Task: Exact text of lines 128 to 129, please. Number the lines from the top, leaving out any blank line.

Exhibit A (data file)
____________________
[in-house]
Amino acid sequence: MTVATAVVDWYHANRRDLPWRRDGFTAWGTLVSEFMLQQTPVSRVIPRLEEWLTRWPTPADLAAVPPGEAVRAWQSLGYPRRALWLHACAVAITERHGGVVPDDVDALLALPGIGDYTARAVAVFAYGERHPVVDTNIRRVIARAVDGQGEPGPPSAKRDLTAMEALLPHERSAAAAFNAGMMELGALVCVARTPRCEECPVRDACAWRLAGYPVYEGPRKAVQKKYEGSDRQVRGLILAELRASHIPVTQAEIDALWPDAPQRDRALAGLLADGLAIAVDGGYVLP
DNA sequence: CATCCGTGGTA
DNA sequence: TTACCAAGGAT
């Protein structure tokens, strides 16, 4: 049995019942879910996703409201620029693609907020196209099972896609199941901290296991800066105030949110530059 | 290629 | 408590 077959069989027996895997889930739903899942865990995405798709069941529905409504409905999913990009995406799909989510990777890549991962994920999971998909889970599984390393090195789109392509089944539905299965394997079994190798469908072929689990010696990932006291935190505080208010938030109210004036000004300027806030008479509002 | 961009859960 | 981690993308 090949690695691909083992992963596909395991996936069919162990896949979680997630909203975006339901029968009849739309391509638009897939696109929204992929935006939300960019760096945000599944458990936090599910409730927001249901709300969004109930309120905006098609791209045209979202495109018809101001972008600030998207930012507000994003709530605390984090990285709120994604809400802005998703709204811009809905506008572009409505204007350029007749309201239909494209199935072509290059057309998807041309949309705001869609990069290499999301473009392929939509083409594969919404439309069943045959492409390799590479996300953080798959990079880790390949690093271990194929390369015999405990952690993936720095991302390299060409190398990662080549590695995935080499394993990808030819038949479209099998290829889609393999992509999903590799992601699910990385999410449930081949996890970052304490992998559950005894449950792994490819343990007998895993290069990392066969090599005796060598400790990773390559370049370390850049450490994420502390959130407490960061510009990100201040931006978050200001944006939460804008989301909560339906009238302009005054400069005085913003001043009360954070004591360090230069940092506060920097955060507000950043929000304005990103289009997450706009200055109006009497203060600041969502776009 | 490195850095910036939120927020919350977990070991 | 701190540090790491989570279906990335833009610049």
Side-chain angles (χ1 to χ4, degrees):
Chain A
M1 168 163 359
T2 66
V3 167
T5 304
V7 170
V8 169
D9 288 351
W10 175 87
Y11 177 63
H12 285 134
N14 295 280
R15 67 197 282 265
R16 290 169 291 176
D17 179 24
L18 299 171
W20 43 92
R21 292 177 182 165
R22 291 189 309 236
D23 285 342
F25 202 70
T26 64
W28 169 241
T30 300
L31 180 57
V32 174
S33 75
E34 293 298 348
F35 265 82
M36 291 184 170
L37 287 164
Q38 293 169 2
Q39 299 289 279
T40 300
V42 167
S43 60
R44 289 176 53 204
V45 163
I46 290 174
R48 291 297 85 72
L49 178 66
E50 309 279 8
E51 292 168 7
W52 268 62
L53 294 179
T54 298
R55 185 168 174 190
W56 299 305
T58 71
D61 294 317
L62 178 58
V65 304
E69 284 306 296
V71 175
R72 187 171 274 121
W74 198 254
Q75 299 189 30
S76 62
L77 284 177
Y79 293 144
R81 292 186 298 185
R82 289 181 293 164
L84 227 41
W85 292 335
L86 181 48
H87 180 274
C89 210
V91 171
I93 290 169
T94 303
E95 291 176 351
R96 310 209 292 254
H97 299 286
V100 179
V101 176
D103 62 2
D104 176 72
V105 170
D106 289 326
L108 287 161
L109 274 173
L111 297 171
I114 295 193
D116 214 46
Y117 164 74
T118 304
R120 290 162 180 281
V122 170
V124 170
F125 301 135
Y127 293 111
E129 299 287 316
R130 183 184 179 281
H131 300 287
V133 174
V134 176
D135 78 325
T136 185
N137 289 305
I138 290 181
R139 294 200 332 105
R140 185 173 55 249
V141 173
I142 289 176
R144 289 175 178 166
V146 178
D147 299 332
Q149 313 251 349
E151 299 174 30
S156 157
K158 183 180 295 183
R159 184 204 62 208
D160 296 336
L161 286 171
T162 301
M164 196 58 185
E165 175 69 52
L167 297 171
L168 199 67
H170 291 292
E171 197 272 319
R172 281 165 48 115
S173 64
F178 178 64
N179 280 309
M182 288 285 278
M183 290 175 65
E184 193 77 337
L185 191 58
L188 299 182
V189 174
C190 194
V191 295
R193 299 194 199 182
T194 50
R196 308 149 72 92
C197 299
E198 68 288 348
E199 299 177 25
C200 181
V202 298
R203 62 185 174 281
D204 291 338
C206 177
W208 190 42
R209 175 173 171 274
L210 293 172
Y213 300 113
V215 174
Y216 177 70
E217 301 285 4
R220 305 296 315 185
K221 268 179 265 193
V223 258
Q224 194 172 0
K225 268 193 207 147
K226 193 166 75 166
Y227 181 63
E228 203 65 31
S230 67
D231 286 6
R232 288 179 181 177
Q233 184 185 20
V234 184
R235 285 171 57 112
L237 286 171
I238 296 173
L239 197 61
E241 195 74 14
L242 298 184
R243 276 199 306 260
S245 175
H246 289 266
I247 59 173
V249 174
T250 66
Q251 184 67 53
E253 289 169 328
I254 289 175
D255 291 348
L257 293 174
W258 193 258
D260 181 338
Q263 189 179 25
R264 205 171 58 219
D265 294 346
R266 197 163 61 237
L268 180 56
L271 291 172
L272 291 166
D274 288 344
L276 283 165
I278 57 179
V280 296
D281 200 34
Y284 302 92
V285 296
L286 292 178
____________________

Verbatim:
R172 281 165 48 115
S173 64